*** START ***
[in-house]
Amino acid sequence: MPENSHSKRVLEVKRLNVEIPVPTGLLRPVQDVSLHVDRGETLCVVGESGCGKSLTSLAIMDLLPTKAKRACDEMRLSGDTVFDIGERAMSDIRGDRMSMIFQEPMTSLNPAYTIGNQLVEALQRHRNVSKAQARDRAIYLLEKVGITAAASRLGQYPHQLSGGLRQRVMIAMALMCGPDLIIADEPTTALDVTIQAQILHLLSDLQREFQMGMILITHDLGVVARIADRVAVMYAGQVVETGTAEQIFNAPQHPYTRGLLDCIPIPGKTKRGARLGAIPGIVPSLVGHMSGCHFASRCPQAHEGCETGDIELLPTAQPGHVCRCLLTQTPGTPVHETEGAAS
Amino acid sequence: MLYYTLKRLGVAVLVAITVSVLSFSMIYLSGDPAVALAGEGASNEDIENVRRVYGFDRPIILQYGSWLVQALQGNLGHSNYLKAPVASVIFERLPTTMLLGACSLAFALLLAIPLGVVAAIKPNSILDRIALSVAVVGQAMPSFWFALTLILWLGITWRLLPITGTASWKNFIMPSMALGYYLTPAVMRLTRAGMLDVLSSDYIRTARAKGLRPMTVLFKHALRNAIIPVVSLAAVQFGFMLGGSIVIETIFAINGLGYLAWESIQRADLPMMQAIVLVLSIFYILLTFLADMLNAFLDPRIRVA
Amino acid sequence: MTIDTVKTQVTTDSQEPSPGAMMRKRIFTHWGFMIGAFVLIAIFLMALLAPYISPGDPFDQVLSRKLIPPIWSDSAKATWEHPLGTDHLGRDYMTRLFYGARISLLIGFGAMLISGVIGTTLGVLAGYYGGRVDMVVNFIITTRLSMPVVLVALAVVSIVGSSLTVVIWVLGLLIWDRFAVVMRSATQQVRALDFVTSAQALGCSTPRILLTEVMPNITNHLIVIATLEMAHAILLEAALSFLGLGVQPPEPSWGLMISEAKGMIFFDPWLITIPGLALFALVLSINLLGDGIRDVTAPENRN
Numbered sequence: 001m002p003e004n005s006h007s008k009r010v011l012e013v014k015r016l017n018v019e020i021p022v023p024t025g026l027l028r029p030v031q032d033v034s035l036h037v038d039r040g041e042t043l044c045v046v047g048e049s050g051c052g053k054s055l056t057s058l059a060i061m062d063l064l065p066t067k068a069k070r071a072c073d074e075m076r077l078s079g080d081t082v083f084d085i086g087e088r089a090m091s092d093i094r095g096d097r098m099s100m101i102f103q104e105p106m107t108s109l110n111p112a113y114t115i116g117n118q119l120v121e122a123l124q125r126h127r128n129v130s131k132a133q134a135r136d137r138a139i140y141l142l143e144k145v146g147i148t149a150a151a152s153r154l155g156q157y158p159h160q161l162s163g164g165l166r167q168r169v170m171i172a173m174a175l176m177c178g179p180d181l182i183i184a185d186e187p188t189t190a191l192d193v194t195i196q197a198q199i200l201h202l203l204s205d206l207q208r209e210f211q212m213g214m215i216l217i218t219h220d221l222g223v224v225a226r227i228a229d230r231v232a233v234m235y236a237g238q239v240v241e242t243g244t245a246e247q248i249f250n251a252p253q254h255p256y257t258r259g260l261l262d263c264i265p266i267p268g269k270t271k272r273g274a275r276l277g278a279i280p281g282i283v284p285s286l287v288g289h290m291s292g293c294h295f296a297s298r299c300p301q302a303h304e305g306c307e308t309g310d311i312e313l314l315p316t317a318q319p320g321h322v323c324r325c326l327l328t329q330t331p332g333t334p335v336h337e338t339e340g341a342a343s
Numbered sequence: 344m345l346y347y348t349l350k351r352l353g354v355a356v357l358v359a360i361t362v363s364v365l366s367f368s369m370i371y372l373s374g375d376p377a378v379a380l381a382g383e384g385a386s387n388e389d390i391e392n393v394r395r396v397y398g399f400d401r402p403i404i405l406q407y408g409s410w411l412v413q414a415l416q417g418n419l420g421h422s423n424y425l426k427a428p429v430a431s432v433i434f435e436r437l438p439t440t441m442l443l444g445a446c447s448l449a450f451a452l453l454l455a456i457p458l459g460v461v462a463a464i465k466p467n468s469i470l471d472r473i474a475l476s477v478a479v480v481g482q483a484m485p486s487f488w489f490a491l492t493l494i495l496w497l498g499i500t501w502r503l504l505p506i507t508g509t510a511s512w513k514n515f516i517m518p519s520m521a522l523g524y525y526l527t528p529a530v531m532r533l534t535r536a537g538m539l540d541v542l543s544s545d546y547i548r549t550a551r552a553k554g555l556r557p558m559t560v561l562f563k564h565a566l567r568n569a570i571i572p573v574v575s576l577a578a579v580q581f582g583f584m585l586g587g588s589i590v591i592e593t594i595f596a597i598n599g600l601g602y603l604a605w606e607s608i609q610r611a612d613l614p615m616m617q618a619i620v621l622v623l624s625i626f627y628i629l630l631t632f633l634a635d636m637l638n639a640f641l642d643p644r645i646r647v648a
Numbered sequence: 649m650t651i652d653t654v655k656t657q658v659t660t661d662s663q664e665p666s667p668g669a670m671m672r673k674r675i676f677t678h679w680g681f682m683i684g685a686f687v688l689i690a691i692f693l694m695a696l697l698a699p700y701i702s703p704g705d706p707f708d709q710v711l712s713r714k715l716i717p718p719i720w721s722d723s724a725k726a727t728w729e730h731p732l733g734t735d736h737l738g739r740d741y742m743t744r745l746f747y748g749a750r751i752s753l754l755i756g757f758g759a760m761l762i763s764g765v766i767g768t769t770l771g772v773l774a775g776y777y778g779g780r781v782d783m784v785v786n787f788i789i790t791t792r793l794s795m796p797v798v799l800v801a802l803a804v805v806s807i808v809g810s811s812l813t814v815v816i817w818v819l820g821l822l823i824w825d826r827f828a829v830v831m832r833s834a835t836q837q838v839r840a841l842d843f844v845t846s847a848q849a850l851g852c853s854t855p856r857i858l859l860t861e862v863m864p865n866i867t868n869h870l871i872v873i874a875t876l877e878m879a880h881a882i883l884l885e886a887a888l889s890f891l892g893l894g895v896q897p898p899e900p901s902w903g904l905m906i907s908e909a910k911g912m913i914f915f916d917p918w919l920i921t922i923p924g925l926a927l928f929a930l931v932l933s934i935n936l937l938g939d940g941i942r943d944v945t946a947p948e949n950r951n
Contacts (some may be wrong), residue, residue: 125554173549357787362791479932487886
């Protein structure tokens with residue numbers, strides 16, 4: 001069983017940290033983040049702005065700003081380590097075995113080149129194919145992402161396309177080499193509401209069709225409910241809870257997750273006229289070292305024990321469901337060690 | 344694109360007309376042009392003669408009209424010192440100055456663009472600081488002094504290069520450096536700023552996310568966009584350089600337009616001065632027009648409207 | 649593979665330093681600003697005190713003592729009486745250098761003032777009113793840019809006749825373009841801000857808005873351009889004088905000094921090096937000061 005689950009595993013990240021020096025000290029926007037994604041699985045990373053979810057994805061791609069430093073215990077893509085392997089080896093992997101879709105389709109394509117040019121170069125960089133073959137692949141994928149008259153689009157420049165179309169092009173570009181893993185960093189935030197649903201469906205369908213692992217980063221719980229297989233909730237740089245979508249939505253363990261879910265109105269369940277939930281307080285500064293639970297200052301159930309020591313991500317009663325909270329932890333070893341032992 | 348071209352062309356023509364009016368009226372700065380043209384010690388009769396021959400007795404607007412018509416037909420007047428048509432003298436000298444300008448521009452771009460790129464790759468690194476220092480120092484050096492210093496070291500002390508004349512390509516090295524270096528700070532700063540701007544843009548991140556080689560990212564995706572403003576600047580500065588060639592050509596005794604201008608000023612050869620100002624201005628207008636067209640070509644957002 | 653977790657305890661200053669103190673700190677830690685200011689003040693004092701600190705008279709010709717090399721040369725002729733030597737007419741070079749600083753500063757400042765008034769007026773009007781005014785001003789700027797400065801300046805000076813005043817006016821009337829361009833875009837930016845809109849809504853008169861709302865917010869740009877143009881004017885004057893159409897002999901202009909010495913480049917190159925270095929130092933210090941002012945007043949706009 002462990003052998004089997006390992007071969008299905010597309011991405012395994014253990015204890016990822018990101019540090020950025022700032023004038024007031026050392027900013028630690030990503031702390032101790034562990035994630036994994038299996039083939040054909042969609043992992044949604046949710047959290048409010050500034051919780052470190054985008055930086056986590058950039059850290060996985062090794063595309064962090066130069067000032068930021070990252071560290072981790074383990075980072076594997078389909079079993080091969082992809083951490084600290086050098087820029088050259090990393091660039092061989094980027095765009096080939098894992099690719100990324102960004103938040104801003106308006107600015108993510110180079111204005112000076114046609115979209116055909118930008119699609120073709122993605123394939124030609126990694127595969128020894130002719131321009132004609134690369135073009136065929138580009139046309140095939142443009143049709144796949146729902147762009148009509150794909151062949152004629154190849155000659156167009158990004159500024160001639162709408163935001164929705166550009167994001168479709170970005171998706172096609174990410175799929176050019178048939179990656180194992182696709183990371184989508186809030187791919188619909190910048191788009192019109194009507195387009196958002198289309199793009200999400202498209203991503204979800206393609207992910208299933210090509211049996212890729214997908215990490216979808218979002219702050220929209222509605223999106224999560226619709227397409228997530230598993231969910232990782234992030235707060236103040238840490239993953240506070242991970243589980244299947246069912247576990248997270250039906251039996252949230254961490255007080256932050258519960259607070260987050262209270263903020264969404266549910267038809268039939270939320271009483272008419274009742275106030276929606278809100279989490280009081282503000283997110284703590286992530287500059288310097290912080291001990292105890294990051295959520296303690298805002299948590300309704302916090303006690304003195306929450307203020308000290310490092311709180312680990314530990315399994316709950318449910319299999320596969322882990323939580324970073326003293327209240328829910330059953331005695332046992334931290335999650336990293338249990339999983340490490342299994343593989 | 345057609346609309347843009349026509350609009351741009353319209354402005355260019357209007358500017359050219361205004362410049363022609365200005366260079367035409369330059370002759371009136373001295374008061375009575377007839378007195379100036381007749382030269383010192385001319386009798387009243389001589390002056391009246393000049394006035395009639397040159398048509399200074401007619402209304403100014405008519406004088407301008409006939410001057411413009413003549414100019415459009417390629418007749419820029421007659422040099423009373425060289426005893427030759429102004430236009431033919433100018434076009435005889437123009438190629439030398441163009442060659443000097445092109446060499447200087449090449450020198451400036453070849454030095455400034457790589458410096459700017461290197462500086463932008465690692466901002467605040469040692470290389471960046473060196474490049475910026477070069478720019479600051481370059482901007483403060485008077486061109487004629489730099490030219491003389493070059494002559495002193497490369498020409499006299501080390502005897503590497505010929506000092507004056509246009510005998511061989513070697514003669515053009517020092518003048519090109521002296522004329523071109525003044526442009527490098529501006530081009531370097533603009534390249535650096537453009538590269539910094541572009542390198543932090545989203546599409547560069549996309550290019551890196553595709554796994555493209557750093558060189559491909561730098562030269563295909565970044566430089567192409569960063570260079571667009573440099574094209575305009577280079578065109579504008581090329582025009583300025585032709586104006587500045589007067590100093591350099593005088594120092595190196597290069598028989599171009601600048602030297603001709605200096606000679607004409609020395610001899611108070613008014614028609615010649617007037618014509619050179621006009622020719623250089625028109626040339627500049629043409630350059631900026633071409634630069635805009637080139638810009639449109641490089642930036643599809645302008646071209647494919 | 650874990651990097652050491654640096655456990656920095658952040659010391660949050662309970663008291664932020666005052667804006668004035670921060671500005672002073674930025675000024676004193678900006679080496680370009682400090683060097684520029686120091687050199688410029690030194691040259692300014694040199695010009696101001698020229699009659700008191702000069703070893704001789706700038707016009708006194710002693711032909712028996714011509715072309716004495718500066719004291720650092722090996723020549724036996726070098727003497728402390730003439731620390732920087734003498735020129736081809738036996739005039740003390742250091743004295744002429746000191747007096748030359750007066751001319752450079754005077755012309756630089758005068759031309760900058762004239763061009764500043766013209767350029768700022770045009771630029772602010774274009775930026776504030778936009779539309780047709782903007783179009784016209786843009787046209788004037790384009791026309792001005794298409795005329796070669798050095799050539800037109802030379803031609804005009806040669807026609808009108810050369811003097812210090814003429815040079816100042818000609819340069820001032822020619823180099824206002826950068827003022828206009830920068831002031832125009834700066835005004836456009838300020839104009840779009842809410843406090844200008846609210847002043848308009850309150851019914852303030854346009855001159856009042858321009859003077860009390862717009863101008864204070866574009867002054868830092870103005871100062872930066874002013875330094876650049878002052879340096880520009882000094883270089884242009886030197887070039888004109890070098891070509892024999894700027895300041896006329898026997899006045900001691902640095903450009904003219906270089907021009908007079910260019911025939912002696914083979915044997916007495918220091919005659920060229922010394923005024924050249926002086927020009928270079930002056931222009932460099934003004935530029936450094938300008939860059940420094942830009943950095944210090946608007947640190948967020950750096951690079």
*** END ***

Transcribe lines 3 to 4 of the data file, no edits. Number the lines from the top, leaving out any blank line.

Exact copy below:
Amino acid sequence: MLYYTLKRLGVAVLVAITVSVLSFSMIYLSGDPAVALAGEGASNEDIENVRRVYGFDRPIILQYGSWLVQALQGNLGHSNYLKAPVASVIFERLPTTMLLGACSLAFALLLAIPLGVVAAIKPNSILDRIALSVAVVGQAMPSFWFALTLILWLGITWRLLPITGTASWKNFIMPSMALGYYLTPAVMRLTRAGMLDVLSSDYIRTARAKGLRPMTVLFKHALRNAIIPVVSLAAVQFGFMLGGSIVIETIFAINGLGYLAWESIQRADLPMMQAIVLVLSIFYILLTFLADMLNAFLDPRIRVA
Amino acid sequence: MTIDTVKTQVTTDSQEPSPGAMMRKRIFTHWGFMIGAFVLIAIFLMALLAPYISPGDPFDQVLSRKLIPPIWSDSAKATWEHPLGTDHLGRDYMTRLFYGARISLLIGFGAMLISGVIGTTLGVLAGYYGGRVDMVVNFIITTRLSMPVVLVALAVVSIVGSSLTVVIWVLGLLIWDRFAVVMRSATQQVRALDFVTSAQALGCSTPRILLTEVMPNITNHLIVIATLEMAHAILLEAALSFLGLGVQPPEPSWGLMISEAKGMIFFDPWLITIPGLALFALVLSINLLGDGIRDVTAPENRN